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Why the internet is so ready to hate ‘Ready Player One’

Ready Player One

It combines toxic fanboy culture with a tiresome desire to repeat the past.

Ready Player One could be the most hated movie of 2018. Considering the fact that it’s a Spielberg film with relatively respectable reviews, that’s quite an achievement. But like Fifty Shades of Grey, the movie is based on a bestselling book that lends itself well to embarrassing viral quotesReady Player One has come to represent a certain kind of toxic fanboy mentality, and no amount of positive reviews can change that now.

Written by avowed fanboy Ernest Cline, it’s a futuristic adventure about a young man who competes in a virtual reality game where players win by gathering expertise about 1980s pop culture. The book was a smash hit, but over the years it has attracted a growing backlash. The criticism focused on two issues: its celebration of geek nostalgia over substance, and its persistent sexism. (In the vein of so many adventure stories about dweeby young men, the female lead is a prize to be won.) It didn’t help that Cline seemed to personify his own work, driving a replica DeLorean and posting creepy “nice guy” screeds on his blog.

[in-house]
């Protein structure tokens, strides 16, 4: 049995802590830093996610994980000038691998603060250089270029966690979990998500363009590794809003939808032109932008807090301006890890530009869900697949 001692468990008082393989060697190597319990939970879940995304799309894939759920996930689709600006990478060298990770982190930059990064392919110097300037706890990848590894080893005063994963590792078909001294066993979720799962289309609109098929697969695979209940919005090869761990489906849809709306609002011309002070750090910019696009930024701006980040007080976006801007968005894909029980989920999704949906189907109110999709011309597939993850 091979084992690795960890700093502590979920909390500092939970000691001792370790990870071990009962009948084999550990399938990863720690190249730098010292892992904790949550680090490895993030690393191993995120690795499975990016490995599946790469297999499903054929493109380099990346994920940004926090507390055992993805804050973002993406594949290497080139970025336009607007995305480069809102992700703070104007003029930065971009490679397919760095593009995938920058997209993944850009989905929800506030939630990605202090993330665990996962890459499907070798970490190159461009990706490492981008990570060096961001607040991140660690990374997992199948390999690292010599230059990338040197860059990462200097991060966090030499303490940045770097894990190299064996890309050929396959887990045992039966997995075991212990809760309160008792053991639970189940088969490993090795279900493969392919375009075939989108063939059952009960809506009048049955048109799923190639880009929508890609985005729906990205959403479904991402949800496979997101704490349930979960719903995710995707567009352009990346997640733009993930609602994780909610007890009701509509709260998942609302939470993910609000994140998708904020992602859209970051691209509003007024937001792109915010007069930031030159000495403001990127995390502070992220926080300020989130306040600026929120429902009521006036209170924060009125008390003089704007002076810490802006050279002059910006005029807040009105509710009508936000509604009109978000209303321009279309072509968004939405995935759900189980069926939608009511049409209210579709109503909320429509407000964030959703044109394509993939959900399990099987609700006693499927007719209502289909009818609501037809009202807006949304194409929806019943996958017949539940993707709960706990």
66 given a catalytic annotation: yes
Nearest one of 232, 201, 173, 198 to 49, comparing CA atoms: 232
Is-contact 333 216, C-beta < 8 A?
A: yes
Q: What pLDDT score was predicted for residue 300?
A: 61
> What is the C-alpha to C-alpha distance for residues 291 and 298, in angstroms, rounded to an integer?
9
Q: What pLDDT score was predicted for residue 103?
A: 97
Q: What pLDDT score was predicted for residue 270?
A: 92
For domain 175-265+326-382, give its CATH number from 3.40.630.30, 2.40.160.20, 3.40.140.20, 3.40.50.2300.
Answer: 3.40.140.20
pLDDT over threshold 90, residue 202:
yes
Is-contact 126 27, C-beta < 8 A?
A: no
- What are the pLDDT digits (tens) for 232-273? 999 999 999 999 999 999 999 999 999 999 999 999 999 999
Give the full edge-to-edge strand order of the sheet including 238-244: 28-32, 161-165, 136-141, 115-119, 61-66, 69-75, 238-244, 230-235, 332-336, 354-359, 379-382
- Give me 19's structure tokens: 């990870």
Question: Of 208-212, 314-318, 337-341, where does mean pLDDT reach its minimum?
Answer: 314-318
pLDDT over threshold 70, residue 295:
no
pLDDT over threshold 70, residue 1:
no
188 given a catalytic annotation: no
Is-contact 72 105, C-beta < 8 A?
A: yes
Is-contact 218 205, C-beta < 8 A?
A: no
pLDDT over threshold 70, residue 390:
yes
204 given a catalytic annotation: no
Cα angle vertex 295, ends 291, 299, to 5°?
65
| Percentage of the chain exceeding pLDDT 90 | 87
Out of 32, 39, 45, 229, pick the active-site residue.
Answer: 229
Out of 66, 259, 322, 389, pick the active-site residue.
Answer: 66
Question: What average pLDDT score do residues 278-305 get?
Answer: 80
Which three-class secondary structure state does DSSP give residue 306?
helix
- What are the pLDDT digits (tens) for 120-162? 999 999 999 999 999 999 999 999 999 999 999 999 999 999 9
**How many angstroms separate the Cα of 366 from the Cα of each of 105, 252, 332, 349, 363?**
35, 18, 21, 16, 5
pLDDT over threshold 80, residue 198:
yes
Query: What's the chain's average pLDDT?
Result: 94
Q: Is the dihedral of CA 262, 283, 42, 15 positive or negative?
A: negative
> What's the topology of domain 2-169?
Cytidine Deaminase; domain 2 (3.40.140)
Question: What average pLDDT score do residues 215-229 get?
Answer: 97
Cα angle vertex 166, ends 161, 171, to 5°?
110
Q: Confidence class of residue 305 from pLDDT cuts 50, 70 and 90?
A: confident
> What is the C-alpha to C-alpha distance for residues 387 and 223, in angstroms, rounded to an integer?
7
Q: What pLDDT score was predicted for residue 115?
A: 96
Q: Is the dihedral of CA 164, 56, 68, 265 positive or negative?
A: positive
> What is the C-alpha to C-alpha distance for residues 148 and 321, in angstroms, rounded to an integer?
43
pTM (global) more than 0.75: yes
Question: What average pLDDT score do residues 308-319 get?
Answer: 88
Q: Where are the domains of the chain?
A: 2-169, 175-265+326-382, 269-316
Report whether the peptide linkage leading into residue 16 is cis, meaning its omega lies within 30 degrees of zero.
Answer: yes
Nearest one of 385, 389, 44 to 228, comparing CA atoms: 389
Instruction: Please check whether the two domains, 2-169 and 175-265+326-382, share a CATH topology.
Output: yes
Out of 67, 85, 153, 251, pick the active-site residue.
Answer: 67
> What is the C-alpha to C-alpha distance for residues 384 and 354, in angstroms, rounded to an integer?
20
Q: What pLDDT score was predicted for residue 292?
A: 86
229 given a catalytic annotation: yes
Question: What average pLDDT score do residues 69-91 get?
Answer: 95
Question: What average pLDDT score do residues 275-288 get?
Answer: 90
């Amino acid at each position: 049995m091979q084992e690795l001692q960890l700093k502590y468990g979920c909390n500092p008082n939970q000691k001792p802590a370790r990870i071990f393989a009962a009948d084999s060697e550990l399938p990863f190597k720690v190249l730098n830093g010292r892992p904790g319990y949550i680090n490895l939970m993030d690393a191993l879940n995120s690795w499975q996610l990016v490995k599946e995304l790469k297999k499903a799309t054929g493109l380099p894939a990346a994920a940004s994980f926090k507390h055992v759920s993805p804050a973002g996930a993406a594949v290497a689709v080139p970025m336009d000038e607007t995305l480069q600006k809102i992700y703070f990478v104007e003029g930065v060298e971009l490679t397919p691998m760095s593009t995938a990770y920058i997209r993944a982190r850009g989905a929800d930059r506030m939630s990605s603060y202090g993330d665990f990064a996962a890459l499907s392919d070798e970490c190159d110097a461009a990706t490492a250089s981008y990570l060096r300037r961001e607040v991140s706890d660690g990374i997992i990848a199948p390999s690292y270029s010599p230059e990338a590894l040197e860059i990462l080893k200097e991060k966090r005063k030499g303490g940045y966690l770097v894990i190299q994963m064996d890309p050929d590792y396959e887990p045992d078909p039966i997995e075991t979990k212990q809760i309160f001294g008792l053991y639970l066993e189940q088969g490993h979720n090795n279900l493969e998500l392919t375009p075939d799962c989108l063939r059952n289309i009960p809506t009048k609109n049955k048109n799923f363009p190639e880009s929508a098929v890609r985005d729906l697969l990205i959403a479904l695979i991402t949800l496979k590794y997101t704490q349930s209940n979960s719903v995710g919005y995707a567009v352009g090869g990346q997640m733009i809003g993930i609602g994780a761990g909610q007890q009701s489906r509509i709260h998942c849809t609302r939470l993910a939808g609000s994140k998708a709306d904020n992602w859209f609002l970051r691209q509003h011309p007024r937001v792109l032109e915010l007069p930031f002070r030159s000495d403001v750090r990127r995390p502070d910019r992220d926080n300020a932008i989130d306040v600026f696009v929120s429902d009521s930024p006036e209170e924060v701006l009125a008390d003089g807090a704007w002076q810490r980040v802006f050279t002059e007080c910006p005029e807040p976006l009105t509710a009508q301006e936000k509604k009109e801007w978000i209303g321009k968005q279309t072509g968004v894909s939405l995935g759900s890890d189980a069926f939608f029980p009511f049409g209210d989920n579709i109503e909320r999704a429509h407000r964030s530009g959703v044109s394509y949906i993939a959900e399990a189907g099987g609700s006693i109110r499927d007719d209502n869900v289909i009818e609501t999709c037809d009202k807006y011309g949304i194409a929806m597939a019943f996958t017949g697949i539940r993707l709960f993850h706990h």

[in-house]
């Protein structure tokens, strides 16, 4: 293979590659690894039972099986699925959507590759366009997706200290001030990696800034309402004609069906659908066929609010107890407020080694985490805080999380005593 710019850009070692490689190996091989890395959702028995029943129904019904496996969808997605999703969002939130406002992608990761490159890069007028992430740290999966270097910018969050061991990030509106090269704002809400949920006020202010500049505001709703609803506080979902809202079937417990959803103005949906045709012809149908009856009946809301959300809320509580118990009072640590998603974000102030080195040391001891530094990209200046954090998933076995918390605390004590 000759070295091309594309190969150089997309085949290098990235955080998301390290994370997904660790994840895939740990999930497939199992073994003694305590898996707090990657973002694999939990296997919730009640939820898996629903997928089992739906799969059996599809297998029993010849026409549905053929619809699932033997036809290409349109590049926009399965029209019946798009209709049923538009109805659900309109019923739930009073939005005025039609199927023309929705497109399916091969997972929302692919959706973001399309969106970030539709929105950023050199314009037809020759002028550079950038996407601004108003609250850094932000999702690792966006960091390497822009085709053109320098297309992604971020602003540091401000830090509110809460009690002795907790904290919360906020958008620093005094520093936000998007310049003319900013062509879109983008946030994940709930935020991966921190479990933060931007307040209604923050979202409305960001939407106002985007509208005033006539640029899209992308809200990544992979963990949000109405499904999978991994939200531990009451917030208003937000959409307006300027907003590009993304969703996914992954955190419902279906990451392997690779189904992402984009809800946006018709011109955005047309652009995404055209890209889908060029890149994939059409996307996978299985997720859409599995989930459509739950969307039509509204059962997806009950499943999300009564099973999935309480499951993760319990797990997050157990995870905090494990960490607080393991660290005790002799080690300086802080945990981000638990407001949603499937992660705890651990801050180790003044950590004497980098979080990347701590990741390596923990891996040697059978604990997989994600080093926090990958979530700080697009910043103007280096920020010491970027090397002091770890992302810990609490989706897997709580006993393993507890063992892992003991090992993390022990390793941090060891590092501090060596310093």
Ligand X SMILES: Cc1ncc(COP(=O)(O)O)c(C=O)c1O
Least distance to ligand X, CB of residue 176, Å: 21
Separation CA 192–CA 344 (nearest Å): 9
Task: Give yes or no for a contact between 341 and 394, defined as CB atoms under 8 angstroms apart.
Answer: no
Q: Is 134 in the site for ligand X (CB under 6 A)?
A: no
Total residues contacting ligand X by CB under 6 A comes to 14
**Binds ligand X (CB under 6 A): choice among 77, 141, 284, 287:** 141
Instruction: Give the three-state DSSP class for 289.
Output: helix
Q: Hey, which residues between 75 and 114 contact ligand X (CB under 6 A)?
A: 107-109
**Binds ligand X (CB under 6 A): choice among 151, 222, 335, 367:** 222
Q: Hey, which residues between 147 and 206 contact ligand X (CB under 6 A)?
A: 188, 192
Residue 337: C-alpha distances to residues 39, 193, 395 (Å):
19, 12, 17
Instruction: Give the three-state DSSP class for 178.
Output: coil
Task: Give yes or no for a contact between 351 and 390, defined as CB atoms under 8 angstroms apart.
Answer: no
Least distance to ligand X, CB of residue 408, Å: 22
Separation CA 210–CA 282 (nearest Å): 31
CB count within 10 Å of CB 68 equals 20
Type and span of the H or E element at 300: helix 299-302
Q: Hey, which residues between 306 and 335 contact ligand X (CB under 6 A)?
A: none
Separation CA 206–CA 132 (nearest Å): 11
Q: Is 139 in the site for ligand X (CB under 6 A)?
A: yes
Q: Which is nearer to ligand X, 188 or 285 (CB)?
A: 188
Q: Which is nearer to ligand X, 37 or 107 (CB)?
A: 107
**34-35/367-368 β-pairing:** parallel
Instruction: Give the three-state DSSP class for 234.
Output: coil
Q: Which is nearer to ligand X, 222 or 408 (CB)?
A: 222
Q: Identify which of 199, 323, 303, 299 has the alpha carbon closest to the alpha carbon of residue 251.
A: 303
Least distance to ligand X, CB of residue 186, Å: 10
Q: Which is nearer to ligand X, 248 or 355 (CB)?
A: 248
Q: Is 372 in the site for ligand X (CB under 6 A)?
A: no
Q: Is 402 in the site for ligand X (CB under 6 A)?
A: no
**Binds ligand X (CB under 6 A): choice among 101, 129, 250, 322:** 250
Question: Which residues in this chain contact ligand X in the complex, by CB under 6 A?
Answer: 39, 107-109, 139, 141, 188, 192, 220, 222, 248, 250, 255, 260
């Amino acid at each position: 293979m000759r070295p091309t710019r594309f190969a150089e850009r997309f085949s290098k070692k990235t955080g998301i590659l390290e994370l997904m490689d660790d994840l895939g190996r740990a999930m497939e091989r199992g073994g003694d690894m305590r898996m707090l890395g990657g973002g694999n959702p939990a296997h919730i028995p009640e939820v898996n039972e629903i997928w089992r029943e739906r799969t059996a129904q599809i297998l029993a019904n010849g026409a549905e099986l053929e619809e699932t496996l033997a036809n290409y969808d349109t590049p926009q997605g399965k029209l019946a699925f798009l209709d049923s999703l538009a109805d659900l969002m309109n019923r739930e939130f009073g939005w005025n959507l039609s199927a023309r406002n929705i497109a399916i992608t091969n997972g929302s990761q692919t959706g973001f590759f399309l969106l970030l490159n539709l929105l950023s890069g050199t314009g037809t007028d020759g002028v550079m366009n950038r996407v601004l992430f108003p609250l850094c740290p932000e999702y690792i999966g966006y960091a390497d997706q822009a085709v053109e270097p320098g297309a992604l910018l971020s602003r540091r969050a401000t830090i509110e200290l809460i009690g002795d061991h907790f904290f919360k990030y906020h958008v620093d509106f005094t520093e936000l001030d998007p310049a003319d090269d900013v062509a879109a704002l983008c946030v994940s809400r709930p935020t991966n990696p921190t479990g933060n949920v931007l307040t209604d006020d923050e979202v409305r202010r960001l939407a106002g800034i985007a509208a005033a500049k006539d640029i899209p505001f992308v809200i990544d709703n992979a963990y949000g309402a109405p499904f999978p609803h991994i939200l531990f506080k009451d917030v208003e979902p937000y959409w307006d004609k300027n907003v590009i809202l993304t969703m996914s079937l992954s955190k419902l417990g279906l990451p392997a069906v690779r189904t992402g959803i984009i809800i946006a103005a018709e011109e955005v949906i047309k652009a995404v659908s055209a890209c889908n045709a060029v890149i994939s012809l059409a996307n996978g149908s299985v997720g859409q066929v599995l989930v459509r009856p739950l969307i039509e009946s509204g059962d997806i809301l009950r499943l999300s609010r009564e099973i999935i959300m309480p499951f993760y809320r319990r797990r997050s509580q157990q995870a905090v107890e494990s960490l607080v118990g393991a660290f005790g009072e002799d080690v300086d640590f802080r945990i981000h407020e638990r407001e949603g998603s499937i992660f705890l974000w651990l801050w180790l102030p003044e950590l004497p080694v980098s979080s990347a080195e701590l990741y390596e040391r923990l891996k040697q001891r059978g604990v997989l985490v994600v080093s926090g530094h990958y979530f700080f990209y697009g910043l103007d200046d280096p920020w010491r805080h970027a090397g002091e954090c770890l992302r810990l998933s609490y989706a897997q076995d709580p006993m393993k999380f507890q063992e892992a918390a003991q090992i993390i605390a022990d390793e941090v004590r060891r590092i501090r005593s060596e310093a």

By the time the trailer came out last year, the Twitter tide had fully turned against the film. It was met with mockery and scorn—the kind of contempt that only happens when something hits close to home. Non-nerds have no reason to feel strongly about Ready Player One. When people express derision toward this movie, it’s because it reflects something embarrassing and distasteful about our own fandom landscape.

Ten years ago, Ready Player One might not have earned such ire. That was before we’d suffered through a glut of referential pop culture, best exemplified by Big Bang TheoryFor 11 seasons, Big Bang Theory championed the idea that geeky references can replace actual humor and personality. It celebrates a brand of fandom where men deride women as “fake geek girls,” making themselves the gatekeepers of some artificial nerd hierarchy. Some of Ready Player One’s most infamous passages reflect this phenomenon, where the hero defines his entire identity by his ability to appreciate Back to the Future or Pac-Man.

The novel was published in 2011, just on the cusp of the reboot revolution. J.J. Abrams‘ Star Trek had already come out, with The Force Awakens, Jurassic World, Man of Steel and numerous others on the way. They fed into the culture wars brewing online, where certain (primarily white and male) fans would erupt in fury when any reboot dared to stray from the source material. The ones that inspired the greatest anger were those that welcomed a more diverse audience: Ghostbusters and The Last Jedi.

Tellingly, two movies this audience celebrated for their “originality” were Deadpool and Guardians of the Galaxy. Both felt fresh compared to, say, Ant-Man, but they also relied heavily on pop culture references. Both star 30-something white guys with a middle school sense of humor, and Guardians of the Galaxy wouldn’t stay upright without its soundtrack of 1980s pop. They press the same button to give us the dopamine kick of comfortable familiarity.